Sinode vs Sinodokrasie
In die Maart tot April 1991 uitgawe van The Outlook het dr. Lester de Koster in drie artikels sy redes gegee waarom kongregasionalisme (independentisme) gereformeerd is, en waarom hy meerdere vergaderings wat bindende uitsprake maak verwerp, onder die titel “Synod-ocracy: cause and cure”
Prof. David Engelsma het daarop geantwoord in drie artikels in die Standard Bearer, vol.68, nr.9-11, onder die titel, “Church Unity, Reformed Synods, and Independency”.
Heel onder het ek die verwysings gegee waar hierdie twee reekse artikels afgelaai en gelees kan word. Hier volg nou eers ‘n paar aanhalings uit albei standpunte, en dan volg daar so paar opmerkings van my kant af:
A. Synodocracy, dr. Lester de Koster
“These articles are addressed to those who perceive that the health of a whole civilization depends, finally, upon the orthodory of its churches. And that the orthodory of the churches depends, as the Reformation was fought to demonstrate, upon the realization of an immediate responsibility to the Word of the Lord, without the intervention of Pope, bishop, priest, classis or synod or bureaucracy. There is unmistakable correlation between the decay of biblical authority in the churches, reflected among us in what I shall call synod-ocracy, and the collapse of public morality on the streets. Calvinist history testifies to that.”
“Indeed synodocracy shows up most persistently in the denominational tax called the “quota system.” If ever a Luther demanded liberation for the churches from the tax called indulgences, we need another Brother Martin now to liberate the local congregation from the tax called quotas. If ever a Calvin railed against the abuses of councils, we need now awake to what symodocracy is doing in the CRC. Ironic, isn’t it, that to Luther at Worms the Bishops said, “Recant!” while to your congregation, the ‘bishops’ of classis and synod say, “Pay up!” Birds of a feather! And what was Luther’s or Calvin’s reply? “Show me from Scripture!” It must be our position again! There will be no true freedom from synodocracy among us until the churches say, “Show us from the Scripture!” over edicts which synods lay upon their backs. “Show us” where the Word authorizes synods to open church office to women! “Show us” where the Word authorizes synods to levy taxes upon the churches! “Show us” where the Word gives authority to the Church Order. The day such echoes of the Reformation are heard from your congregation in chorus with many others will be the dawn of liberation for the CRC. And you will serve the Lord better by bringing that day to pass in the denomination than by running away!”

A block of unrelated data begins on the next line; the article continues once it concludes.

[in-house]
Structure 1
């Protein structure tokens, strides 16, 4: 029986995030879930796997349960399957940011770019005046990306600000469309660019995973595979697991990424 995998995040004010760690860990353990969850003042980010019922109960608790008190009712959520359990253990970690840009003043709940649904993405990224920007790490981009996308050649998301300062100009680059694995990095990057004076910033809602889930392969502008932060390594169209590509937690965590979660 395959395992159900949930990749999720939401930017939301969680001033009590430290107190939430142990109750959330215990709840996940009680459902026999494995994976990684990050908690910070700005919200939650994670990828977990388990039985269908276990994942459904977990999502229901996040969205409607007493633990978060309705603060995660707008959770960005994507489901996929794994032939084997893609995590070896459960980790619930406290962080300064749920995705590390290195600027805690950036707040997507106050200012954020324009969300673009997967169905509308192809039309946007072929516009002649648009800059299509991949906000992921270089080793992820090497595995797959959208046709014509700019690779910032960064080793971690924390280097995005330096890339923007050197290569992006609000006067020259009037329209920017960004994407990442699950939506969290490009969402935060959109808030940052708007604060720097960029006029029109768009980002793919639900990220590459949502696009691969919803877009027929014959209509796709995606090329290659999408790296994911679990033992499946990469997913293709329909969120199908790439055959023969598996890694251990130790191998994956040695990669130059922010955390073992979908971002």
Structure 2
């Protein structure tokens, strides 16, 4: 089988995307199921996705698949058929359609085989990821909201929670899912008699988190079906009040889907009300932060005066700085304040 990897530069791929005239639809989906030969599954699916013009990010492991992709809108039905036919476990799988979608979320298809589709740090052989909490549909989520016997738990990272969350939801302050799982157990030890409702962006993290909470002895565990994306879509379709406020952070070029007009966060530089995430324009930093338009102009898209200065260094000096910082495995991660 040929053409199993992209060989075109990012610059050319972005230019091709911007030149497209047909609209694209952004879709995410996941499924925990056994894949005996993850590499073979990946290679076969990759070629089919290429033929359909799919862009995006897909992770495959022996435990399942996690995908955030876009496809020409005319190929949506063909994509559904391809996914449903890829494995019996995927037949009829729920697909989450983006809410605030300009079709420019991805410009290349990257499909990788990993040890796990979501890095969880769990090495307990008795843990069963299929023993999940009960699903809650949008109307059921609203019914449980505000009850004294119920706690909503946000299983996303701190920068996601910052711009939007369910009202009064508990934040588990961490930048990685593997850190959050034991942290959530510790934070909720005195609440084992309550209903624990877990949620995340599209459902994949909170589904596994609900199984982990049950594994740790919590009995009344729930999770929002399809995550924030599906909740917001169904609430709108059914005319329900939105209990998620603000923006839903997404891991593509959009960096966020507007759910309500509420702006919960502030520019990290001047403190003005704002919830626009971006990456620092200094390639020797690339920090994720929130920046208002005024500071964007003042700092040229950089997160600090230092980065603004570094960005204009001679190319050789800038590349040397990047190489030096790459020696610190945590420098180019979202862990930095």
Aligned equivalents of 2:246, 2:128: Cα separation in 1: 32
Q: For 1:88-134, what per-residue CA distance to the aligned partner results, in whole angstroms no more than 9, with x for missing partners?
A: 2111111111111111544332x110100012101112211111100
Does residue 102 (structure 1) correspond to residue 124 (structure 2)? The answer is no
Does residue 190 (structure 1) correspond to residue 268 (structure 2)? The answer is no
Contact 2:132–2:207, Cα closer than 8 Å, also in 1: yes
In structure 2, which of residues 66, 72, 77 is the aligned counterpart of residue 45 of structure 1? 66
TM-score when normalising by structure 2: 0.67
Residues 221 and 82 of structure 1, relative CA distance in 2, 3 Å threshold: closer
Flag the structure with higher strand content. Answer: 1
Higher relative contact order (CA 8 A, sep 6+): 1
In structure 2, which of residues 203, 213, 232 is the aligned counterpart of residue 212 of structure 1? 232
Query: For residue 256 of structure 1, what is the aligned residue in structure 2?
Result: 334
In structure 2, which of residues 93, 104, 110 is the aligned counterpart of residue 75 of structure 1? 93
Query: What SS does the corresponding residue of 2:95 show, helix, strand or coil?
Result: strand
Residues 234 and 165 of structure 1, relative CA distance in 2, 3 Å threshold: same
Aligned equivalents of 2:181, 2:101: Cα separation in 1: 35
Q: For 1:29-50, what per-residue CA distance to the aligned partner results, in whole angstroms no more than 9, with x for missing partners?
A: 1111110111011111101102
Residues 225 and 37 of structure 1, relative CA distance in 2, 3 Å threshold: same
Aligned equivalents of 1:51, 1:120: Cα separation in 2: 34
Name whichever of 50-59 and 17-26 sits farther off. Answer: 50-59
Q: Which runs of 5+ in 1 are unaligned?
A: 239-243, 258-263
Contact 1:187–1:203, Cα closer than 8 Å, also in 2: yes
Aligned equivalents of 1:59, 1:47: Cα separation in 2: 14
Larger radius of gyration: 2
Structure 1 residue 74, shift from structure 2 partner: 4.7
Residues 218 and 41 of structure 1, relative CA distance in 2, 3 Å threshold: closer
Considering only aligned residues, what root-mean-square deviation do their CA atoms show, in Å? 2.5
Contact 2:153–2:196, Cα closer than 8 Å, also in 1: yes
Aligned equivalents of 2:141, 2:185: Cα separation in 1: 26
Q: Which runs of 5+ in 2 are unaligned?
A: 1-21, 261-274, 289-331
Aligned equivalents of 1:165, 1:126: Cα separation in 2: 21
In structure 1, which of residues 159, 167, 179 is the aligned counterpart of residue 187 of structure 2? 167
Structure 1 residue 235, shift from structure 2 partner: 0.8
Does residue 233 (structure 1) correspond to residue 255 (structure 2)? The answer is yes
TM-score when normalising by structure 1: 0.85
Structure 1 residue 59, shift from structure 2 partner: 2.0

“And by now you are reminded of another sinodical denigration of biblical authority among us, done in ’88. That synod decreed that the evolutionary theory of man’s descent from the animal is, mind you, quite in harmony with Genesis and at home in our Confessions! And do you recall the aftershock? From then on, parents and consistories lost effective control over every form of evolutionary fantasy enunciated in school and congregation. You want a school board to Protect your children against Darwin? Who are you? Synod approves! You want Genesis preached as literal Truth? Who are you? Synod gives its imprimatur to passing the Bible by. Heresy on sinodical holiday. Sinodocracy is recipe for anarchy! And anarchy flourishes among us! Anything can be said with impunity and is. Shocking denial of Bible and Confession appears in print. You expect some disciplinary reaction? There is none! When authority is usurped by synods, there is left an authority vacuum in the local congregation. Exactly what Geneva, for example, well understood. If the Bible is to be the authority in the local congregation, then neither Pope, nor council nor synod can tyrannize over the local church. So it must come to be among us again, if spreading anarchy is tob e curbed.”
“How can churches thinking themselves wrought in the heritage of Luther and Calvin come crawling on hand and knee, pleading to be heard by the new synodocratic bishop? And when turned rudely away, go back to bathing their knees for yet another appeal? What can be done ? Quite simply, a return to the heritage we have let slip from the churches’ fingers.”
“The challenge which the Lord is using synodocracy to lay upon your consistory table is simply this: you are the church; can you act like it? Don’t look elsewhere for the source or the cure of our problems. Cartoon character Pogo was right, you know, “We have found the enemy, and he is us!” The failure of nerve is ours. The cure can be ours. Right here, and now.”